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Apply self-regulation and feedback.

Although permaculture requires minimal labor, how much effort you put into your garden affects what you get out of it year by year. The process teaches us the importance of reviewing our gardening process after every season, learning from our mistakes, and constantly improving our techniques.


Use and value renewables.

Permaculture is rooted in sustainability and encourages us to find additional ways to incorporate energy, water, and power-saving practices into our everyday lives.

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Produce no waste.

This gardening technique also reinforces the mantra "reduce, reuse, recycle." "It teaches us to be more responsible for the waste that we produce and puts us into sustainable practices such as composting and recycling," Randaci says.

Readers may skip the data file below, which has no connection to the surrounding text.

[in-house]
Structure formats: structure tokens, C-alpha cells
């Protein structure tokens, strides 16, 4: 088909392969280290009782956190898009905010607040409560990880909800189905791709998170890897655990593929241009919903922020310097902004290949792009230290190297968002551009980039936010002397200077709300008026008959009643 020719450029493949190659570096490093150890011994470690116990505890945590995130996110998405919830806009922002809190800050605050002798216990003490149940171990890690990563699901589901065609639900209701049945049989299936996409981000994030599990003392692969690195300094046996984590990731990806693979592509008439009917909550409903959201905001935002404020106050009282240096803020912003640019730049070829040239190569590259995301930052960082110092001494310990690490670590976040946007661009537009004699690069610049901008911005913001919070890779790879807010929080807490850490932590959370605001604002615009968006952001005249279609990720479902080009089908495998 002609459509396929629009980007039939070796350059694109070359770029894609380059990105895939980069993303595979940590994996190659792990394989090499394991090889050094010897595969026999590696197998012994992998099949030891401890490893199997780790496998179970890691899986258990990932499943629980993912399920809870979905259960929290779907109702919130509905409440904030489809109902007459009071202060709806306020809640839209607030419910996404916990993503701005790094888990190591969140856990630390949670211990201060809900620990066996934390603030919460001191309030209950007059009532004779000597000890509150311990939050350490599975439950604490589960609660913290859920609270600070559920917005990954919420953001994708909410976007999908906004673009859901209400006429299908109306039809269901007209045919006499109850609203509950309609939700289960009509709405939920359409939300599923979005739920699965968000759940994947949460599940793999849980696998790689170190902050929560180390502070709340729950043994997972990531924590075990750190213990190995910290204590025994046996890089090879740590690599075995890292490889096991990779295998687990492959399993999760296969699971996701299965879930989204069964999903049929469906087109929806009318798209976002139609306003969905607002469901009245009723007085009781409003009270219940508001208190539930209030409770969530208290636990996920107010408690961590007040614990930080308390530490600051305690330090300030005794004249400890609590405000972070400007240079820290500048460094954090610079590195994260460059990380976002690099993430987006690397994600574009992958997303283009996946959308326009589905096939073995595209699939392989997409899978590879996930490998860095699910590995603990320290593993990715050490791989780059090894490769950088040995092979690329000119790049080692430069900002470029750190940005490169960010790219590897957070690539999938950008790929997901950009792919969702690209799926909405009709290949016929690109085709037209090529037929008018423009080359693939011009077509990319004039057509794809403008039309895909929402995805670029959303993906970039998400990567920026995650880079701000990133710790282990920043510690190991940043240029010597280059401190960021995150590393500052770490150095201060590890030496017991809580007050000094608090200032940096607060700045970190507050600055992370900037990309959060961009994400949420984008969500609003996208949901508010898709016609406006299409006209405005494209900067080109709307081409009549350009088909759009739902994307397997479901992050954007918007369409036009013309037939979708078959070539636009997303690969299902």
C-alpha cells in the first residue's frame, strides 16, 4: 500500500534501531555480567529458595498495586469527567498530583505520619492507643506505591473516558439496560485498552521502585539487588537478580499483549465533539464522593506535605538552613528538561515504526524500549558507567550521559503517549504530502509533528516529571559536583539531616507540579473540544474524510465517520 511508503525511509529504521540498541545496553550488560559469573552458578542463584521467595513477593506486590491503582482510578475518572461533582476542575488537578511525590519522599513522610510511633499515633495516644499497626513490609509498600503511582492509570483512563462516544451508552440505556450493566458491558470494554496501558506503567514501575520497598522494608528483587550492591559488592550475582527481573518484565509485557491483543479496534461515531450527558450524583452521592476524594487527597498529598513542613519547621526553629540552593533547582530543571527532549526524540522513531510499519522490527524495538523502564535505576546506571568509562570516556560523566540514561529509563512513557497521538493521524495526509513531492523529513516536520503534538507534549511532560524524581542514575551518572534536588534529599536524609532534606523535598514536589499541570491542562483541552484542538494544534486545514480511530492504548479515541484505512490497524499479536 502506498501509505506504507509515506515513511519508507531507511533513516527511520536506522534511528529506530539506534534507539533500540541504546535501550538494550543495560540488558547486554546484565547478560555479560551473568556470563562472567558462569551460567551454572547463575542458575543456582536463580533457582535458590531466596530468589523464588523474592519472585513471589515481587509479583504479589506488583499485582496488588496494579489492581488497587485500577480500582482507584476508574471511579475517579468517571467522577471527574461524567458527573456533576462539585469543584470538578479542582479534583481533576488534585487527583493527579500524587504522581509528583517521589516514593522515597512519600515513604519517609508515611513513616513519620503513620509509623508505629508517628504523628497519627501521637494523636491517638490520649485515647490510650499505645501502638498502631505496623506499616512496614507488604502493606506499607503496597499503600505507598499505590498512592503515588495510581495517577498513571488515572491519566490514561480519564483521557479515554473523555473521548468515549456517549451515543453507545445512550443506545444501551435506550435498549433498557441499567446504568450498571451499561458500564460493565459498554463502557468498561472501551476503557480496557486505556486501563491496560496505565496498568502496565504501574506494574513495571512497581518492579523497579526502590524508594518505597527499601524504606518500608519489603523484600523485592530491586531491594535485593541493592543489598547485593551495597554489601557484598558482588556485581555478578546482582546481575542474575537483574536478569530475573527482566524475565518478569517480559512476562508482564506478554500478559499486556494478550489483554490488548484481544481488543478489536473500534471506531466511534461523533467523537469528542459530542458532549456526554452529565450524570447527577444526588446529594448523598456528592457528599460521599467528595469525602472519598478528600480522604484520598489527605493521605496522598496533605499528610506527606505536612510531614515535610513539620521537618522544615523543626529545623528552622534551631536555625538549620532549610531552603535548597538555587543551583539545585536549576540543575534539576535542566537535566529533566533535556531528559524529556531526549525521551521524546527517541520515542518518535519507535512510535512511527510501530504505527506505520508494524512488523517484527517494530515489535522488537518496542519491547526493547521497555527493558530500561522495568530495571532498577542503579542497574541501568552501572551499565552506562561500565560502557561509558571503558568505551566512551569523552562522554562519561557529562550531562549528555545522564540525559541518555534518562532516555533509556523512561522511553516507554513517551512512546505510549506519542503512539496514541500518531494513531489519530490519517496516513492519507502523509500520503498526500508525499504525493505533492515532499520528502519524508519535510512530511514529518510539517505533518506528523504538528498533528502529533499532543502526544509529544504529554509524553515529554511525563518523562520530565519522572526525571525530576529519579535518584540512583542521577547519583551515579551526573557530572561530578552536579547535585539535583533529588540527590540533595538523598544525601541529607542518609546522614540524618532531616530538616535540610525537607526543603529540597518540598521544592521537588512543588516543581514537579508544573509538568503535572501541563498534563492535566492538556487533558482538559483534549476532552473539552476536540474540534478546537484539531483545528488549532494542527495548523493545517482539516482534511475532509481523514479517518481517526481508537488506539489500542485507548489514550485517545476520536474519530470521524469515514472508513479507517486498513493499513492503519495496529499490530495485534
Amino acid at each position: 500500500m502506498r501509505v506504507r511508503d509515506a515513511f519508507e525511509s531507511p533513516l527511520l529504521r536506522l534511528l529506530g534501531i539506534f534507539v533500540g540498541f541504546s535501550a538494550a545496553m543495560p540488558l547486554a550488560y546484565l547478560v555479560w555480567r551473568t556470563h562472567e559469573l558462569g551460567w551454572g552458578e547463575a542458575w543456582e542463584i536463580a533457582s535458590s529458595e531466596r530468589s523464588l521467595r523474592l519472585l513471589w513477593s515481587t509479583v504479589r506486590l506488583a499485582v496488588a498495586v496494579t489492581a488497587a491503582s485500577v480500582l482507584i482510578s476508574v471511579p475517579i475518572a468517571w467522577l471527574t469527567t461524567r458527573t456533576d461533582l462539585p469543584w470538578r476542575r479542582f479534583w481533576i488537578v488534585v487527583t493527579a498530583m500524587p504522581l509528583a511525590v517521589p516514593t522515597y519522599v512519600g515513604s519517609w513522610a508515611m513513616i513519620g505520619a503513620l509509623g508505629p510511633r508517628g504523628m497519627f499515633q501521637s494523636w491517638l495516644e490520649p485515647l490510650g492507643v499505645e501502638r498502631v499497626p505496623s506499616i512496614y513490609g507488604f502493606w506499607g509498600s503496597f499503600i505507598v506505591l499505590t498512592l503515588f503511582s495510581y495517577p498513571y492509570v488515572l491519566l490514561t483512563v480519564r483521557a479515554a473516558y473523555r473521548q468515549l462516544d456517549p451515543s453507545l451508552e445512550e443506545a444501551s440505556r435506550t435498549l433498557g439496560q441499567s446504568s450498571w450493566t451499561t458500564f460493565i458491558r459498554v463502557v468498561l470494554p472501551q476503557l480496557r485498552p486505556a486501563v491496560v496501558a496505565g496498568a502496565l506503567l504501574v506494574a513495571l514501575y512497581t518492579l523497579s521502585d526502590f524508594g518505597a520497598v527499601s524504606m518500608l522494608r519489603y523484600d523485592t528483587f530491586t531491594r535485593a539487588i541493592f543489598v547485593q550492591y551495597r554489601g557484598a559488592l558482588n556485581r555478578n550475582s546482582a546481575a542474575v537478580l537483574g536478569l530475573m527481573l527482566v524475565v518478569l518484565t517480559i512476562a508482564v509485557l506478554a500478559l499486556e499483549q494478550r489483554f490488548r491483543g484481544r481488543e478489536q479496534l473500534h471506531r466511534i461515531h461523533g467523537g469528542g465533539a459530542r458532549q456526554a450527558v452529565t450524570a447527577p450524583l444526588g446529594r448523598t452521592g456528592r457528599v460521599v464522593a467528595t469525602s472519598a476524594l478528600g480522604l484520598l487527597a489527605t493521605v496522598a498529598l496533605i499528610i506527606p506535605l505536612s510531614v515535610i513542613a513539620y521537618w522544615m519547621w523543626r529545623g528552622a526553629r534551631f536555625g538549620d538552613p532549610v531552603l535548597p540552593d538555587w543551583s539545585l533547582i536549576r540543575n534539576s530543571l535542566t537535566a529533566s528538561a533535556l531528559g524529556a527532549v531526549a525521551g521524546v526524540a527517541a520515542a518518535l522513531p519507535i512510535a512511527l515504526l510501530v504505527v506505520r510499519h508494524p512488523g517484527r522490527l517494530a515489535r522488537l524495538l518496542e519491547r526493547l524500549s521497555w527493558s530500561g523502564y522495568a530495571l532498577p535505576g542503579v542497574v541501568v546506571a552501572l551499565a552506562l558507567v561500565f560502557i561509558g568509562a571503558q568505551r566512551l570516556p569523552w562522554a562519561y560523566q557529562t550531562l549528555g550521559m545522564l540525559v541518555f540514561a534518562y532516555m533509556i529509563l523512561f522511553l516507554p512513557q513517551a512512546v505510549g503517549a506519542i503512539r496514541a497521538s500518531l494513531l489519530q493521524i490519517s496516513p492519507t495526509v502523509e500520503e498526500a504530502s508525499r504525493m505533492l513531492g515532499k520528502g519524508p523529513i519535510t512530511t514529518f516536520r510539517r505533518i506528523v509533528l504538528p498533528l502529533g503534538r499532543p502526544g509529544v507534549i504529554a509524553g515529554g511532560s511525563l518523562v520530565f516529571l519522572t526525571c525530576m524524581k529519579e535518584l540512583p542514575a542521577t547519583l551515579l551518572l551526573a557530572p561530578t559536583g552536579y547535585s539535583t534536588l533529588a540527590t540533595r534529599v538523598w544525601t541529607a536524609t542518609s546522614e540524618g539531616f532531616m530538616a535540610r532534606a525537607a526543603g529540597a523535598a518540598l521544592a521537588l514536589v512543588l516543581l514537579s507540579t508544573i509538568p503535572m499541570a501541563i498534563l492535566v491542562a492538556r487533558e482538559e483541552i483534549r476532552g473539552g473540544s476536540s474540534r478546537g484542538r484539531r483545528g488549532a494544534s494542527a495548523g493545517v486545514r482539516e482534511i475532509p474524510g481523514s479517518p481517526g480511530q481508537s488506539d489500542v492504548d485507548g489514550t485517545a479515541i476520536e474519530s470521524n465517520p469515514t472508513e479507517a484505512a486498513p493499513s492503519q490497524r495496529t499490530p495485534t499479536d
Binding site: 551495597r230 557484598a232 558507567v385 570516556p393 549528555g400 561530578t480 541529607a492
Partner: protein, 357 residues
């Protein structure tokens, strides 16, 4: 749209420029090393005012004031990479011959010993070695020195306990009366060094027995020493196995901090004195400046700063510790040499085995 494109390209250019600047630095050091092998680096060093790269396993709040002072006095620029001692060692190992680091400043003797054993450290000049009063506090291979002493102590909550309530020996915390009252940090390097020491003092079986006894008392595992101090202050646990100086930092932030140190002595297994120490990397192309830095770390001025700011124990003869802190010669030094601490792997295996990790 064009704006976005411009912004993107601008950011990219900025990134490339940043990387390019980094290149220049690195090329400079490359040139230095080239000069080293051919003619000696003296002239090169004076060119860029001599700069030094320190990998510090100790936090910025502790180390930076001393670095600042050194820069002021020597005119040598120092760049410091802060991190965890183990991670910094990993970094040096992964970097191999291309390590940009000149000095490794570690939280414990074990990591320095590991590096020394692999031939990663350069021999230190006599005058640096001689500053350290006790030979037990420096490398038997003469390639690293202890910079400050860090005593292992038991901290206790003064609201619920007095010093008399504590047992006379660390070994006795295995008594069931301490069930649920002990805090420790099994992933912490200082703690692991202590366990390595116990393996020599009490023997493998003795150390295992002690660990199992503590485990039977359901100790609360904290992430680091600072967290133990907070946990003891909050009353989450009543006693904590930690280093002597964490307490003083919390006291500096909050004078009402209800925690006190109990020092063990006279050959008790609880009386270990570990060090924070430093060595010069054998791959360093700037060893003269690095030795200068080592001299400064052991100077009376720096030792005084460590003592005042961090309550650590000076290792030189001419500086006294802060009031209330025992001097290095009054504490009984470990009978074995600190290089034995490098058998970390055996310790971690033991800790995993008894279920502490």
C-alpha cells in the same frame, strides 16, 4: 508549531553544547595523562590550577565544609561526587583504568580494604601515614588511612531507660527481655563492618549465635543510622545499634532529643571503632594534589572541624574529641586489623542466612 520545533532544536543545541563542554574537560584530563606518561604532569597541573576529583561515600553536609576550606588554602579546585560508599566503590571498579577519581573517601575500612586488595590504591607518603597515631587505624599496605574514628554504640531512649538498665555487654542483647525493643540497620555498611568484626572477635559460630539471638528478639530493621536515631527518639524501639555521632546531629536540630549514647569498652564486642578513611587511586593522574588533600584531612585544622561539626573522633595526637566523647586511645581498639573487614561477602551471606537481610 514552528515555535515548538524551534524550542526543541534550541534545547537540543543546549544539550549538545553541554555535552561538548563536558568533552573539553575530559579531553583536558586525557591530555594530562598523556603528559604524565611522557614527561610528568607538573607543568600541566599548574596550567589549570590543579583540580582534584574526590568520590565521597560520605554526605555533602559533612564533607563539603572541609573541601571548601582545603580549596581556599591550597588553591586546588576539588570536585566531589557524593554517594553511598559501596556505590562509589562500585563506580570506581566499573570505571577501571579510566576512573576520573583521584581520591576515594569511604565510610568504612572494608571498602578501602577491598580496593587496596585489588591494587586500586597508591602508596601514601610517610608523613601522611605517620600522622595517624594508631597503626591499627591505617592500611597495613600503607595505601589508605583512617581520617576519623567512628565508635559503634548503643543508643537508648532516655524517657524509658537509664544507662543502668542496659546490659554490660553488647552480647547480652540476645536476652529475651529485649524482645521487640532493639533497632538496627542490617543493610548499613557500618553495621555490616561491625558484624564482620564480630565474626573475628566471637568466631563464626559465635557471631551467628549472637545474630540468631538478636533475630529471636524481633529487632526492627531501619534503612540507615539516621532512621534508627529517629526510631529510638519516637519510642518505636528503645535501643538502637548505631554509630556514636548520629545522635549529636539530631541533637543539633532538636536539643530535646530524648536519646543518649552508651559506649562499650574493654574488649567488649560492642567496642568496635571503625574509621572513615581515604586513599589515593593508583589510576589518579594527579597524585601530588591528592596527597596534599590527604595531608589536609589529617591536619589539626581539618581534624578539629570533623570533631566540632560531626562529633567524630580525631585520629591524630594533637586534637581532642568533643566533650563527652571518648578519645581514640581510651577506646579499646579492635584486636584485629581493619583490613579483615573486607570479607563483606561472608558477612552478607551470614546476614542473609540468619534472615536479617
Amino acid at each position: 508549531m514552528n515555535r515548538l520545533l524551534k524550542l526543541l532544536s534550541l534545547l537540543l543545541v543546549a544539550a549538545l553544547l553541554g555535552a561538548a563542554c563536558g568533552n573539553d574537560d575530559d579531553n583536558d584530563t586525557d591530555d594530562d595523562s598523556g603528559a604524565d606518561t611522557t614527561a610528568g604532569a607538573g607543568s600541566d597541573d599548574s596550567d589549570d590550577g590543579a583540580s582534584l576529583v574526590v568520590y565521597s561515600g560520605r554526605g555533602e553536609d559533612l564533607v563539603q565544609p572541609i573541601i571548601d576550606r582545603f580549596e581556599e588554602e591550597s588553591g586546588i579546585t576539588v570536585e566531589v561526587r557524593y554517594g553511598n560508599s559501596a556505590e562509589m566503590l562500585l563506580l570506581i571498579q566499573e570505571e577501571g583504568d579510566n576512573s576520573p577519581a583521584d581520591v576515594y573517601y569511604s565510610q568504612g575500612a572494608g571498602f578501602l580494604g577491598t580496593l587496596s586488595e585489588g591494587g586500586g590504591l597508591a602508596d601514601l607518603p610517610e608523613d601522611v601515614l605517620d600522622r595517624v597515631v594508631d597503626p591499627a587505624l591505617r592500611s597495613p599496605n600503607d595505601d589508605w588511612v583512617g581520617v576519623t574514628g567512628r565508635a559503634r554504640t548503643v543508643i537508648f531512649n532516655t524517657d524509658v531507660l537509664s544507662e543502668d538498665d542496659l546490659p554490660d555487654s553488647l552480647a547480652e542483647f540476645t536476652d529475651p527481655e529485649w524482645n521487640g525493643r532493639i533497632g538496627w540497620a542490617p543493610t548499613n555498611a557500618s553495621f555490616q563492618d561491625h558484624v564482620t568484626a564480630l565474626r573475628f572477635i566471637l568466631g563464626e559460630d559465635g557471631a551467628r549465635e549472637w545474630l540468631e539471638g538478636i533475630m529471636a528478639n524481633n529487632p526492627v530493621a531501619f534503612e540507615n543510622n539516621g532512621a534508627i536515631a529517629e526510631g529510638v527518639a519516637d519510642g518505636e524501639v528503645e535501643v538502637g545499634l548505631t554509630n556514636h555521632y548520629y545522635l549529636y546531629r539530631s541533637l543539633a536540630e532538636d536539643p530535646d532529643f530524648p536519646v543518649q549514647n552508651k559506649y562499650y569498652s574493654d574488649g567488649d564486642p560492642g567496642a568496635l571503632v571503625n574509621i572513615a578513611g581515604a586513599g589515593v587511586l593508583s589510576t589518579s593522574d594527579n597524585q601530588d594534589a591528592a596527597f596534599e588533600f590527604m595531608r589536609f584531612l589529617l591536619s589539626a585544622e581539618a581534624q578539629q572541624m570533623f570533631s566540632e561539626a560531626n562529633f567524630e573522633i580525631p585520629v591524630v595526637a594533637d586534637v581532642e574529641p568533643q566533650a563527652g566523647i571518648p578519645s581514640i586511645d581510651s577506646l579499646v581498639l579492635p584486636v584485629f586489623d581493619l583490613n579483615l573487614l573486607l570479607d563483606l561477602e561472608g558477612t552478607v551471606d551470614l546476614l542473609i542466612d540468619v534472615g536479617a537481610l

Design from patterns to details.

What are you trying to accomplish by creating a permaculture garden? By asking yourself this question, you look at the garden from a more holistic lens, Randaci says.

Identifying what you are trying to accomplish before working out the details is also a practice that can be applied to our daily lives.


Integrate; don't segregate.

A thriving permaculture garden is successful because its plants aren't just coexisting; they're coinciding. They're working together to make something beautiful and functional, which, Randaci says, we can all learn from.

"Putting plants together that harmonize rather than fight each other spills into our daily lives," he tells mbg. "It teaches us to work together."


Use small, slow solutions.

"Slow and steady" wins the race for a reason. Not only will making small incremental improvements to your permaculture make for less stressful gardening; it could also help you to evaluate every situation with a keener eye, Randaci says.